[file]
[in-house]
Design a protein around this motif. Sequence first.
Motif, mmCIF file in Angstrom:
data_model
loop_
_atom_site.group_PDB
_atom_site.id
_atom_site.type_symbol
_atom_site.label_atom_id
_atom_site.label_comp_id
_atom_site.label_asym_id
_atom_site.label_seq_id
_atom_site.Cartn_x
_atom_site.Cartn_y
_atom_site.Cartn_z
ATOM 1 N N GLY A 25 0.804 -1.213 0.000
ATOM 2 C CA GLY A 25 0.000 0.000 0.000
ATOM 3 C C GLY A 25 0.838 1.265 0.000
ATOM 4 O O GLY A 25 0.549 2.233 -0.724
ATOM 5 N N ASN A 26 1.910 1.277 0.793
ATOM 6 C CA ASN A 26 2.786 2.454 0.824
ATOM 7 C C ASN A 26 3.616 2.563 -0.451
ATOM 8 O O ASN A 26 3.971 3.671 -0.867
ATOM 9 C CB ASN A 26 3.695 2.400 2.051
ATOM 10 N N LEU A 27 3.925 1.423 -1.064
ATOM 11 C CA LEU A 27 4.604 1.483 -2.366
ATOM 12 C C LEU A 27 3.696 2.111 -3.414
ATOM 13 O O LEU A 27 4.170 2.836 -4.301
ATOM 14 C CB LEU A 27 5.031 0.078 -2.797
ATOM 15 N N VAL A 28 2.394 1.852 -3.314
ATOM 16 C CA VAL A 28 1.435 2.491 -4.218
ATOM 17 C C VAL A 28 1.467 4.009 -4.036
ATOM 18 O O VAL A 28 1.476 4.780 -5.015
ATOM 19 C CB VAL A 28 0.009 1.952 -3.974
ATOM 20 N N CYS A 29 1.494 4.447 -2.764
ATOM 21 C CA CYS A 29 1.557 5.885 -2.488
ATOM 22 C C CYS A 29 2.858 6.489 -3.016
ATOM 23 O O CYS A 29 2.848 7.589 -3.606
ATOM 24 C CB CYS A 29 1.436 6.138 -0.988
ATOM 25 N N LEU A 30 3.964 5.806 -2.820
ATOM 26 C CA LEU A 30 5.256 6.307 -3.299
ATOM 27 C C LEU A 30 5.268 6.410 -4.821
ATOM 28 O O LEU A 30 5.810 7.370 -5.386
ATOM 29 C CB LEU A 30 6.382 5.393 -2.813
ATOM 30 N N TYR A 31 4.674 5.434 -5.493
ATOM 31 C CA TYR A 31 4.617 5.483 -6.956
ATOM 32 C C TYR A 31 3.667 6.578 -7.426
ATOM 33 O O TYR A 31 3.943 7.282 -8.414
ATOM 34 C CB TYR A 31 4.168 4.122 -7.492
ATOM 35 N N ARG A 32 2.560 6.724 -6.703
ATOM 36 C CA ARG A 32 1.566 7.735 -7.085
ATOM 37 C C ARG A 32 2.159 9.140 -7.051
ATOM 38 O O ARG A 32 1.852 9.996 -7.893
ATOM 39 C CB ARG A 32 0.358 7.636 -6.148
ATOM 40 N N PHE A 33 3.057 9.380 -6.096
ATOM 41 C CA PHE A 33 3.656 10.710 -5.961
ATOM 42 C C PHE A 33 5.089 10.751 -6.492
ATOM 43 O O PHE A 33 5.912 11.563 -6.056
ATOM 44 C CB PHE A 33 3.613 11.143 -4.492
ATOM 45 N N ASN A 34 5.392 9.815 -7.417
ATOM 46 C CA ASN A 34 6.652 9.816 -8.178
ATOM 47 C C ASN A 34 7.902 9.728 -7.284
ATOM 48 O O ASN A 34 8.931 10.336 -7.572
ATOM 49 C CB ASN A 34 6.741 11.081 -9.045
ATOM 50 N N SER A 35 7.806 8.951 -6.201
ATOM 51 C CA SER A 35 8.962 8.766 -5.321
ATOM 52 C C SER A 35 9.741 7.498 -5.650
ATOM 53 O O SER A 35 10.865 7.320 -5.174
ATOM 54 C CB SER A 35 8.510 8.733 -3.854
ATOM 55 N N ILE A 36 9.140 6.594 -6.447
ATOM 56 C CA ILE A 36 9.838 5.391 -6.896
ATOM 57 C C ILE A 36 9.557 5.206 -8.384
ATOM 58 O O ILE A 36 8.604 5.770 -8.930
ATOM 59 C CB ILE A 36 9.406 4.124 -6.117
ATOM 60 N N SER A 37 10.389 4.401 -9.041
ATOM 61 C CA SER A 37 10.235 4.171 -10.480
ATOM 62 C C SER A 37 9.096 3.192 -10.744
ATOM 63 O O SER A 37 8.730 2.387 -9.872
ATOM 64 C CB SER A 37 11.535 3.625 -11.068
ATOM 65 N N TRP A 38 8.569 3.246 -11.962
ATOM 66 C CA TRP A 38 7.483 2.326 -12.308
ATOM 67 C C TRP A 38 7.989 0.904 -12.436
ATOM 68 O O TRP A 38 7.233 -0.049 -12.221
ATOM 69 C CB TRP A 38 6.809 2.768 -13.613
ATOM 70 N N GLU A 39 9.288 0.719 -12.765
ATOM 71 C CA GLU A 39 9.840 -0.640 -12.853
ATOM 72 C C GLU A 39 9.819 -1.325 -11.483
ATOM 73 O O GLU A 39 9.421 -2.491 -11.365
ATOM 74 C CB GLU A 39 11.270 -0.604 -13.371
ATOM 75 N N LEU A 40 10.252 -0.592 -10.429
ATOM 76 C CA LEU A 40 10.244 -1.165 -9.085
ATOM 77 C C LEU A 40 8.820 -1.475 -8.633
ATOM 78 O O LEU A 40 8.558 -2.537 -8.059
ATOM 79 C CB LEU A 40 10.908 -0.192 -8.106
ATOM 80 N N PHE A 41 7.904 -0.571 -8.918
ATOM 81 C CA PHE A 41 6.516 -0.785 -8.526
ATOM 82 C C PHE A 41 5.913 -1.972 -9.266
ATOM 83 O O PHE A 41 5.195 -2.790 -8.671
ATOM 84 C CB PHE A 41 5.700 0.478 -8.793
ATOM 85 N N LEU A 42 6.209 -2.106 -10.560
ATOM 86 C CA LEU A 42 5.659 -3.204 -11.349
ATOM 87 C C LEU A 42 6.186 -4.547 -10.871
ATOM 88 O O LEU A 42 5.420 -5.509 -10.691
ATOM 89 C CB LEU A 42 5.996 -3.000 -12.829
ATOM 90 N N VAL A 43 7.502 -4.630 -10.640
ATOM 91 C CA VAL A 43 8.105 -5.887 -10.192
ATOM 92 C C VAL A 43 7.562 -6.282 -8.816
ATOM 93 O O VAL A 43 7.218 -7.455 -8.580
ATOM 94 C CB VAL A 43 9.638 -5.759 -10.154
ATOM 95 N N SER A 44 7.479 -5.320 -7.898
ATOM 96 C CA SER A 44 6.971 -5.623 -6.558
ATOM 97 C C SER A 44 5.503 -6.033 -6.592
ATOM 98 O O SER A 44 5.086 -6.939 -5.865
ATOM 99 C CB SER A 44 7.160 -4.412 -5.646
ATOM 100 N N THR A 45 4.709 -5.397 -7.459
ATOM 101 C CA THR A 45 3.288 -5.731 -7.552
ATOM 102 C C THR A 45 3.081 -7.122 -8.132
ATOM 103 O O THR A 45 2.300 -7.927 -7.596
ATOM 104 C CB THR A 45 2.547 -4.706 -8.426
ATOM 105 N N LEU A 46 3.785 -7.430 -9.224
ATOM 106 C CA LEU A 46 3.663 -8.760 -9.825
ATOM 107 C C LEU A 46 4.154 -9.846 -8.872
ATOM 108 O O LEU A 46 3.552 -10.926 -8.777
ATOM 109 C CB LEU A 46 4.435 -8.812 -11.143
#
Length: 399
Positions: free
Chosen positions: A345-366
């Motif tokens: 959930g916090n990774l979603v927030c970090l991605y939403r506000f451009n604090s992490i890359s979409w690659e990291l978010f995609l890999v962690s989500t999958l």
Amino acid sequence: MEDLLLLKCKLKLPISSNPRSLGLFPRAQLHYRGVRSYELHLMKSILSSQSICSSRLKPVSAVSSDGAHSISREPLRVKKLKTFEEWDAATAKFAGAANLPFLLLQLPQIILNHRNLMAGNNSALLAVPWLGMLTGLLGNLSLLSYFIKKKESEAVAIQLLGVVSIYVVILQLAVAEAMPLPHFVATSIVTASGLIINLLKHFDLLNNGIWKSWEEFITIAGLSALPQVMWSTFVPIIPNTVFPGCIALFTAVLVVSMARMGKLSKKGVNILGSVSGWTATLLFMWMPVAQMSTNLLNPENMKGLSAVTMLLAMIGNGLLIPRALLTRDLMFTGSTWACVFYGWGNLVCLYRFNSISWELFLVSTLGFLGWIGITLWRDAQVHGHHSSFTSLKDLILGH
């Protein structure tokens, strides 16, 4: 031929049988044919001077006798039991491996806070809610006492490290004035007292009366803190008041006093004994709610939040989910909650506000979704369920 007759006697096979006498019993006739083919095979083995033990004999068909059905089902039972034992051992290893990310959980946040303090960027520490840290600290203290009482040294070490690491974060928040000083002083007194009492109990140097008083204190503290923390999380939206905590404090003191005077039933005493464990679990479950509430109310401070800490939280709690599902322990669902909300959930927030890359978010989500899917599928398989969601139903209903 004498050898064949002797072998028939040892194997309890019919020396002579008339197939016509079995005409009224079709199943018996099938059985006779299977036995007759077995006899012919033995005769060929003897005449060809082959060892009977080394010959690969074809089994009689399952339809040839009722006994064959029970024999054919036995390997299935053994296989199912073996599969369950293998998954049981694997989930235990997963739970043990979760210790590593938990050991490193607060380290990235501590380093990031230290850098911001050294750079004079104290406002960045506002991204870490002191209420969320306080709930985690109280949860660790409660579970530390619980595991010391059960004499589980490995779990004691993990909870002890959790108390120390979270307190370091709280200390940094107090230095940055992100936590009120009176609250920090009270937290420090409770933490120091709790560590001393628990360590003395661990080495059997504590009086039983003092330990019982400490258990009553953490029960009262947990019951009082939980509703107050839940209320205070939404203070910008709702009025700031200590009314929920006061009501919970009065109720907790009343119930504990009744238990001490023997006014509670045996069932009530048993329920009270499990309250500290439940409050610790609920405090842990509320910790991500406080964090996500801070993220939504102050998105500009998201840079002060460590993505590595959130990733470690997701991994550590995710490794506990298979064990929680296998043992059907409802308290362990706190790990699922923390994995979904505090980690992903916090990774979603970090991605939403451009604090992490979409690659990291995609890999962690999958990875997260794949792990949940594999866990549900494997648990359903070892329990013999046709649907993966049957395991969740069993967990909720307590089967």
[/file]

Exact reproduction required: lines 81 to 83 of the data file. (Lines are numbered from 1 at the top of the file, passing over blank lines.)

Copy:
ATOM 66 C CA TRP A 38 7.483 2.326 -12.308
ATOM 67 C C TRP A 38 7.989 0.904 -12.436
ATOM 68 O O TRP A 38 7.233 -0.049 -12.221